Seven Billion Viewed By Seven Notables

            For some, it’s a cause celebre that 7 billion-plus people now inhabit Earth. After all, it means that child mortality rates are lower and people are living longer. In an article ”Is Population a Problem?”  in Seed Magazine, Maywa Montenegro refers to speculation by journalist Fred Pearce that population isn’t the problem; but what he calls “bad agriculture,” is.  Innovation such as small-scale farming prevents land degradation in places where there are population pressures, Pearce says.  

            Not everyone agrees that so many billions of humans, and counting, constitute a positive trajectory. James Eng of msnbc asked seven prominent experts to identify both the problems and solutions facing us as we deal with the 7 billion.

            Professor of population studies and biological sciences at Stanford University, and author of the 1968 best-seller, The Population Bomb, Paul Ehrlich believes we are facing “horrendous” issues, which include about 1 billion hungry people and catastrophic climate problems.

Stanford Professor Paul Ehrlich

Paul Ehrlich

He points out that in times past, human societies have collapsed partially due to overpopulation. Now he warns that for the first time, our global civilization is in deep trouble. Ehrlich says that solutions include equal rights for women in every country so they have access to effective birth control along with “backup abortion” in case contraception fails or is overlooked; curbing overconsumption by the rich; and transitioning away from fossil fuels, beginning immediately.

            Alfred Spector, vice president of research and special initiatives at Google, focuses on technology. He sees access to information technology as a necessary life-improving skill, but how do we ensure that 7 billion people will be able to access IT? Spector recommends increased education for everyone on the planet. Well, good luck with that. The United Nations Development Programme reports that over 70 million children receive no education, most of whom are girls. He does see good news on the education horizon: decreasing costs of smart phones and tablets allow many to access the Internet. And learning itself is evermore possible online.

            Actress and environmental and political activist Alexandra Paul considers women’s rights and gender inequality to be major problems for the 7 billion. She points out that overpopulation hurts the weakest in society, because strained resources go to those with more power. She points to those countries where women have low social status and very few rights. These women need access to education—which usually leads to women delaying marriage until they are older—birth control, and the likelihood that they will send their own daughters to school. If Ms. Paul were to get her way, the world population would decrease to a sustainable 2 billion people, as it was 80 years ago.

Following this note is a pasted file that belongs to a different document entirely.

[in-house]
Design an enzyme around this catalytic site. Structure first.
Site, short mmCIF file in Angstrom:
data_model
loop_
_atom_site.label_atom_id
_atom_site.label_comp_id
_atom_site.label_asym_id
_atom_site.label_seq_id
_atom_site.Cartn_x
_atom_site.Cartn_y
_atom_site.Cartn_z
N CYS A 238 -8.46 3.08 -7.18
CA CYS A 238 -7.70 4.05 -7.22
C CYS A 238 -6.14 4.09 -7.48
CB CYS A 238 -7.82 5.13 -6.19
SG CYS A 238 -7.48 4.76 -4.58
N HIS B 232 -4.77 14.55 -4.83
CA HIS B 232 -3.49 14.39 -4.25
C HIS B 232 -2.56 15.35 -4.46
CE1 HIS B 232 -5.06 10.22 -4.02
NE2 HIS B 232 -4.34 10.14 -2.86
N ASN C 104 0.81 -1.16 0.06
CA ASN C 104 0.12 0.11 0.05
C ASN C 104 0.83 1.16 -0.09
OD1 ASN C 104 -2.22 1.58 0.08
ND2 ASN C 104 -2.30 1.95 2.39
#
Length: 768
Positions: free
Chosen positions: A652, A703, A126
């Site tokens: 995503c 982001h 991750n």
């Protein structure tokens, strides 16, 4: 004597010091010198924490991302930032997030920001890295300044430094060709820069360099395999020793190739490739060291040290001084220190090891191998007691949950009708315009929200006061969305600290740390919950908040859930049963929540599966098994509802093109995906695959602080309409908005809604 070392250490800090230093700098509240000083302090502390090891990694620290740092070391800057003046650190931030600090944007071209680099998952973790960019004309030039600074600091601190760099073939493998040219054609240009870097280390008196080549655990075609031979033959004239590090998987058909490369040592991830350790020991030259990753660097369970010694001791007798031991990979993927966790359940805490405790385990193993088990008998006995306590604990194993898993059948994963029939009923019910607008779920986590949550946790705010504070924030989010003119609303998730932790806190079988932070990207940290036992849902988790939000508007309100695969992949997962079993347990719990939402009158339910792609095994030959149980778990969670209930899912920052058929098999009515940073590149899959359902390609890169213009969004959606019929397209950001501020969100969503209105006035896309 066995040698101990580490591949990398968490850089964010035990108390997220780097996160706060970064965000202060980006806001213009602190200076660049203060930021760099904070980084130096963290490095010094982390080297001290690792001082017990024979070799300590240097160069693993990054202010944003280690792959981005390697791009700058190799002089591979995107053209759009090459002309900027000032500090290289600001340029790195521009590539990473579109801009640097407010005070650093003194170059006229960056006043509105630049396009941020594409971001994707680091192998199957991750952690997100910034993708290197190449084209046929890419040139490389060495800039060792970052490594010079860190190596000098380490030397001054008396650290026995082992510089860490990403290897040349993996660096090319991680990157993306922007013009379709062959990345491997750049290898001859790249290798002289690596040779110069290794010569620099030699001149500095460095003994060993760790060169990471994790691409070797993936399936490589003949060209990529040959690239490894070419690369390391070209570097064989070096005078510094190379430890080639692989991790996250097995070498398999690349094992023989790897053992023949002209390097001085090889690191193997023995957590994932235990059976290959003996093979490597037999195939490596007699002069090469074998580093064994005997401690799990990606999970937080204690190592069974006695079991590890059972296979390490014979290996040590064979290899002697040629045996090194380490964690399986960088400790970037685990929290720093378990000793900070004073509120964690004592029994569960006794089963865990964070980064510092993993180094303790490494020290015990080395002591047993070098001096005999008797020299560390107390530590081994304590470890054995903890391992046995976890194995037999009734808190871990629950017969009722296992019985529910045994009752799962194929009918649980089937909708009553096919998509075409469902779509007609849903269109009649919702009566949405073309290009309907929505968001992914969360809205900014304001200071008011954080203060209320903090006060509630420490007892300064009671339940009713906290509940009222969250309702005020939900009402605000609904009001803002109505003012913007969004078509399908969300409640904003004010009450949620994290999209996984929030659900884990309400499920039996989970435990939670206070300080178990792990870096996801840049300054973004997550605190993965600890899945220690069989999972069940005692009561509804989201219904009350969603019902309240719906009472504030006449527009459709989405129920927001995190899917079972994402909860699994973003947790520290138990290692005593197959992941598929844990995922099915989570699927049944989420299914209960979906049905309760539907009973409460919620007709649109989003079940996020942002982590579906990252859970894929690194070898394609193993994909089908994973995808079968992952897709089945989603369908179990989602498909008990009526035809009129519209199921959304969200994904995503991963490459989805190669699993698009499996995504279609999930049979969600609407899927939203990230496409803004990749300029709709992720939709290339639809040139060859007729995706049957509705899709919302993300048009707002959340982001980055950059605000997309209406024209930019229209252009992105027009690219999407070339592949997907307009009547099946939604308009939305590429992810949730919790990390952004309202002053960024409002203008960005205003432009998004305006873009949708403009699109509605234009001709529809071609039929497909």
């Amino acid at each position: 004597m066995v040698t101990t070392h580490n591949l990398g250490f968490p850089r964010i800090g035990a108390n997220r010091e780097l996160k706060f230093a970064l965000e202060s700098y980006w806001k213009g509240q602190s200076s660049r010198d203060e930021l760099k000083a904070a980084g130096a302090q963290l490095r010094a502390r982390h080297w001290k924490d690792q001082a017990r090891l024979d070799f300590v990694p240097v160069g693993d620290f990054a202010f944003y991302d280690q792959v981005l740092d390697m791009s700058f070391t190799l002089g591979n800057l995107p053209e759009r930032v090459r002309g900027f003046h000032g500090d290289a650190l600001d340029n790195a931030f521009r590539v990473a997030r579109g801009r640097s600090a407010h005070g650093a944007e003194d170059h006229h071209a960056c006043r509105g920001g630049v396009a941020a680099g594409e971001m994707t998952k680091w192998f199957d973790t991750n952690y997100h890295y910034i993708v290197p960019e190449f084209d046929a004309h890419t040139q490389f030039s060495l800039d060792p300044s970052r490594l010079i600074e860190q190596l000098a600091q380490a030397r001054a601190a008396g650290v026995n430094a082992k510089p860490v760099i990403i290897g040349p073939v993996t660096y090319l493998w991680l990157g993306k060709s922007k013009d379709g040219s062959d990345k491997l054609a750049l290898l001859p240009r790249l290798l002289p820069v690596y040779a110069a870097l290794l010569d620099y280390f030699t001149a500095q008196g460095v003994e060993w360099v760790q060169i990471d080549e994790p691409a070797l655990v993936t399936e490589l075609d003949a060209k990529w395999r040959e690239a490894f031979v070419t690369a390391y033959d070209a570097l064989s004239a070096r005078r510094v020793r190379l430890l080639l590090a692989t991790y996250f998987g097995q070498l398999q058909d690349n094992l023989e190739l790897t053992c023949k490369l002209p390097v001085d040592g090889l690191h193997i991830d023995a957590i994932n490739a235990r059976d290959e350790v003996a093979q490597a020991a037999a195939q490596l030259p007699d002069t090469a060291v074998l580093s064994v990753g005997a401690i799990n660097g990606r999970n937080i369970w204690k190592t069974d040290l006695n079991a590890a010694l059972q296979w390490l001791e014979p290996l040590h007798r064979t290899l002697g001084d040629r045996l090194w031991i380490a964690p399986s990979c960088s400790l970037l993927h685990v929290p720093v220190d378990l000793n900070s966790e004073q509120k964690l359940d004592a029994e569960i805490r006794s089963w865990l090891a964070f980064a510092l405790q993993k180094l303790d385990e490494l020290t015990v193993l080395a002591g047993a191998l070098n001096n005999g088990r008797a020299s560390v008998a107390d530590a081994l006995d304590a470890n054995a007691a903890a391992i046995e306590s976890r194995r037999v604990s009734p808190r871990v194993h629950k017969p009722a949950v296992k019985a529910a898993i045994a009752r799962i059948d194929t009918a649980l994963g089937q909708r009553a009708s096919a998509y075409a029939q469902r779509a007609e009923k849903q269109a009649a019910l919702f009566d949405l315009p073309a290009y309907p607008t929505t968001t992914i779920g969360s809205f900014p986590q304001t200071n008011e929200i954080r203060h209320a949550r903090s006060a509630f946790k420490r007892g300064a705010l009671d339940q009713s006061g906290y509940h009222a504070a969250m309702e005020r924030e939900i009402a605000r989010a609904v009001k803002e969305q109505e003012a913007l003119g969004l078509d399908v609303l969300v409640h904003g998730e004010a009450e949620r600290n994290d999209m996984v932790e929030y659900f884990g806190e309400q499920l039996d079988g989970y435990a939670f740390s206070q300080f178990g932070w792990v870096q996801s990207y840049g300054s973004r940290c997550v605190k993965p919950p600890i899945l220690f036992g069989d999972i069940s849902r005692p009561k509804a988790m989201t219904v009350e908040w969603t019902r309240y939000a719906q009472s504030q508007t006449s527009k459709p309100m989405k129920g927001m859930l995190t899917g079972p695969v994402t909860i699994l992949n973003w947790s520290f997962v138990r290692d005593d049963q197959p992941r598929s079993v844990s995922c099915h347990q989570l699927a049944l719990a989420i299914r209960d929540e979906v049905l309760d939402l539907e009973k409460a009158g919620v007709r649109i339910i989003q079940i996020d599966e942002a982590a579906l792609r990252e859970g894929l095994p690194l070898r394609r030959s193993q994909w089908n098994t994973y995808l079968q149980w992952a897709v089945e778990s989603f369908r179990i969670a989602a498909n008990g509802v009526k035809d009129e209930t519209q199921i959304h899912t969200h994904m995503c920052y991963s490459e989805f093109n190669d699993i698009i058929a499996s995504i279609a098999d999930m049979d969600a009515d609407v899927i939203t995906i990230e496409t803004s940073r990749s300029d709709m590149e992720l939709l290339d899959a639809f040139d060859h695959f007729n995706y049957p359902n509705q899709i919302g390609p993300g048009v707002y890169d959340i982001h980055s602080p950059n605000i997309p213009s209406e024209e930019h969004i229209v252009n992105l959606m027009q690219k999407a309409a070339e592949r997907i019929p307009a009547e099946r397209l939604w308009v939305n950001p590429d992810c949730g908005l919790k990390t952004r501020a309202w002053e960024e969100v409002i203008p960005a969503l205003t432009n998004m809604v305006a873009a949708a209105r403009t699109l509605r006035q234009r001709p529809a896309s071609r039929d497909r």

John Carr, Executive Director of the Department of Justice, Peace and Human Development of the U.S. Conference of Catholic Bishops, believes that global climate change is the main problem facing our overpopulated Earth. Those who are poorest will suffer the worst consequences: water scarcity, intensification of natural disasters and declining resources. The U.S. Catholic bishops, encourage Catholics to reduce their carbon footprint and advocate for climate policies that show concern for “creation.” (It goes without saying–but we’ll say it anyway– there’s no mention of overpopulation here).

            Robert Engelman, President of the Worldwatch Institute, predicts that overpopulation will impact those over 65 years of age who will need health care. It will also exacerbate advancing and possibly catastrophic climate change, as well as the cost of fossil fuels. We should not be keeping the ratio of young to old constant by encouraging women to have more children. Instead, we should be moving toward simpler lifestyles, in which we consume less energy and resources.

            Deputy Editor of The Futurist magazine and director of communications for the World Future Society, Patrick Tucker talks about energy demand doubling by 2050. This is a conservative estimate. Part of the increased demand will come from population growth. Much of it will derive from increasing numbers of people moving into the middle class along with its insatiable appetite for electrically powered devices. As reported in the magazine, alternatives to petroleum are growing at just 30 percent per year, which isn’t nearly fast enough.  He is an advocate of halophytes (salt-water algae) as a replacement for oil and as a way to significantly reduce global carbon-dioxide levels. Such an innovation would also create more livable areas in “wasteland” regions such as Libya, Chad, Sudan, and the American Southwest.

            Aklog Birara, former World Bank economist and author, believes that unchecked population growth in South Asia, Africa and Central America is a “time bomb.” He warns that this “insane growth” creates a potential for regional wars over water resources, which encourages extremism and perpetuates poverty. His solution is for the world community to aid poor people in creating their own farms, thereby teaching them to be masters of their destiny. We refer you back to Fred Pearce’s idea in the first paragraph. Becoming empowered will encourage women in rural areas to choose family size, rather than to mindlessly go with the flow, so to speak.

            Read for yourself and see how many of these experts (and others) talk about exploding population as part of an impending global catastrophe.  Earth is running out of time, space and resources. How we can we keep on denying that there are more than enough of us?


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